Evaluating the Purpose of Each Storage Card. Storage is essential for a lot of devices, especially smart ones. To run efficiently, these devices require data and data needs space to be stored and processed, that is where storage cards and disks come to play. This article will look at two types of storage cards.
eMMC vs SD card
eMMC is a storage card that is available for both mobile devices and laptops while SD cards can be read by laptops but cannot be integrated in them like the eMMC. The eMMC is an integral part of a motherboard in any device while the SD card can be removed anytime. Both have a few similarities and can sometimes serve the same purpose, but they were not manufactured to serve as substitutes. Let us look at each one.
What is an eMMC?
It is a storage card that is attached to the board. eMMC is short for Embedded Multi-Media Card, it has both flash memory and a flash memory controller integrated on the same silicon die. The name embedded means it is fused into the motherboard so it cannot be easily removed. It consists of 3 components – multimedia card interface, flash memory, and flash memory controller.
First used in 2006 as an upgrade of MMC. The MMC was different as it was movable and bigger (physically), this upgrade led to a wider embrace of the eMMC in the market as it offered a wider range of options.
Improved speed, being available for a wide range of devices and built with better technology, this card captured the attention of users and it still does.
It is small, so, it is ideal for a lot of gadgets including small laptops, smart home appliances, smart wearables, smart TVs and smartphones. This card uses NAND technology like SD cards, SSD, and USB flash drives.
This design makes it fast and it improves the overall performance of any given device. It is efficient and has no noise as there are no moving parts
Transferring files is done at a fast rate with a speed of up to 400mb/s and if you see that as small, bear in mind that this is designed for smaller laptops. It is usually used for budget-friendly laptops, so they are cheaper and portable than other types of storage devices (especially SSD) used in a laptop.
It is a nonvolatile card which means it stores data and functions even when your PC is shut down just like the SSD. Although it can be in phones just like an SD card, it is faster as most use SLC or 3D MLC NAND. It does possess similarities with the SSD, but it is weaker.
Functions of an eMMC
A simple way to describe it will be like a permanent SDcard but with a better capacity. On a PC, it frees up the CPU for other tasks by placing data into storage, leaving the CPU available for heavier tasks. There are a few storage capacities options, the most popular sizes are 16GB, 32GB and 64GB.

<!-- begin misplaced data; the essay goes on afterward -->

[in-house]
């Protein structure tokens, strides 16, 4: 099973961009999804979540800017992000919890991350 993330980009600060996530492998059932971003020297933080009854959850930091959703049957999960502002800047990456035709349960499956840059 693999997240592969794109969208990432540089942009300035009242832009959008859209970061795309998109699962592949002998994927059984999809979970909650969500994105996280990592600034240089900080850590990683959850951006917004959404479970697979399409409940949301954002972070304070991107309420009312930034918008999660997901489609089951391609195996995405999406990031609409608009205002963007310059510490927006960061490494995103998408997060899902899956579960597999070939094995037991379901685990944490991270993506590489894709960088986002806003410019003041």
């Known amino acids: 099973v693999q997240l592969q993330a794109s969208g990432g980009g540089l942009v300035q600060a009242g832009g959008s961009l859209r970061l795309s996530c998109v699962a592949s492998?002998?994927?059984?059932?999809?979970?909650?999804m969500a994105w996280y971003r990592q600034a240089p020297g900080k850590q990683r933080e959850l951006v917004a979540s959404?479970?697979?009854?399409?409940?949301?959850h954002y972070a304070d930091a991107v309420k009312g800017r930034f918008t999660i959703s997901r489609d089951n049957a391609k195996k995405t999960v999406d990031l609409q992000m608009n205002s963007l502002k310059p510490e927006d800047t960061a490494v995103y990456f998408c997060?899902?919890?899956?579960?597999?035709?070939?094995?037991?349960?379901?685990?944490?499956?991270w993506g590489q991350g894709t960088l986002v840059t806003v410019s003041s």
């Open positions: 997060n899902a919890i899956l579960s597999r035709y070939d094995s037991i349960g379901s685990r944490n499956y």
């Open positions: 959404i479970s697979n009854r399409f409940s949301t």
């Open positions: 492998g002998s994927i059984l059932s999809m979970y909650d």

There is a 512GB and this is a catch but the thing with eMMC is some are produced for consumer use and others are for industrial use. The bigger storage sizes tend to fall in the latter category.
eMMC is a good option if you have external storage or a cloud option as it is too small for heavy laptop activities i.e., anything outside browsing and streaming is not ideal. Although it is used to only store smaller size data, it is a good option for improving your system boot time, this is achieved when you make it the boot drive of your PC.
Another great thing about the design of the eMMC is that it is not easily susceptible to shocks and vibrations just like the SSD.
Drawbacks of eMMC
Everything has its pros and cons, and the eMMC is no different. Obvious cons as you may have observed while reading is the size and its inability to have the SSD speed, asides there are two others we want to highlight.
The first is, although the eMMC can last up to 5 years, with every use it deteriorates so the more you use it, the shorter the lifespan. The second is that it cannot be expanded or upgraded
SD card is an abbreviation for Secure Digital Card, it is a small storage card that can have a 128TB capacity. It has different variations and they all serve their purpose. This card is removable and can be used to read/write data in phones, cameras, and other compatible devices. Currently, the most common is the MicroSD card
The SD card was launched in 1999 and it has been upgraded overtime to suit the needs of people. The first version had a maximum capacity of 2GB and used the FAT16 system. Then in 2006, the Secure Digital High Capacity card (SDHC) was released with a maximum storage capacity of 32GB and it used the FAT32 file system.
This was succeeded by the secure Digital extended capacity (SDXC), which was released in 2009, with its maximum storage capacity at 2TB and it used the exFAT system.
Still using the exFAT system is the Secure Digital Ultra Capacity (SDUC), which was released in 2018 with a maximum storage capacity of 128TB. SD express was also introduced in the same year, and it supports additional interfaces and higher speeds.
Comparing eMMC to SD card
We established earlier the similarities and differences between the two but let us put them in practical situations. Can an SD card be used to store data on the computer?
Technically it can but because it is detachable and because you are more likely than not to move your laptop, you are at risk of data loss as it has less data security design, and sometimes it just formats, no warning. So, the eMMC wins this round.
Still, on the “out of the blue” formatting issue, this also makes eMMC better storage for your phone. The eMMC is a better option than the SD card in almost any scenario as its restriction in expansion makes the SD card a more practical option for smaller devices like phones.
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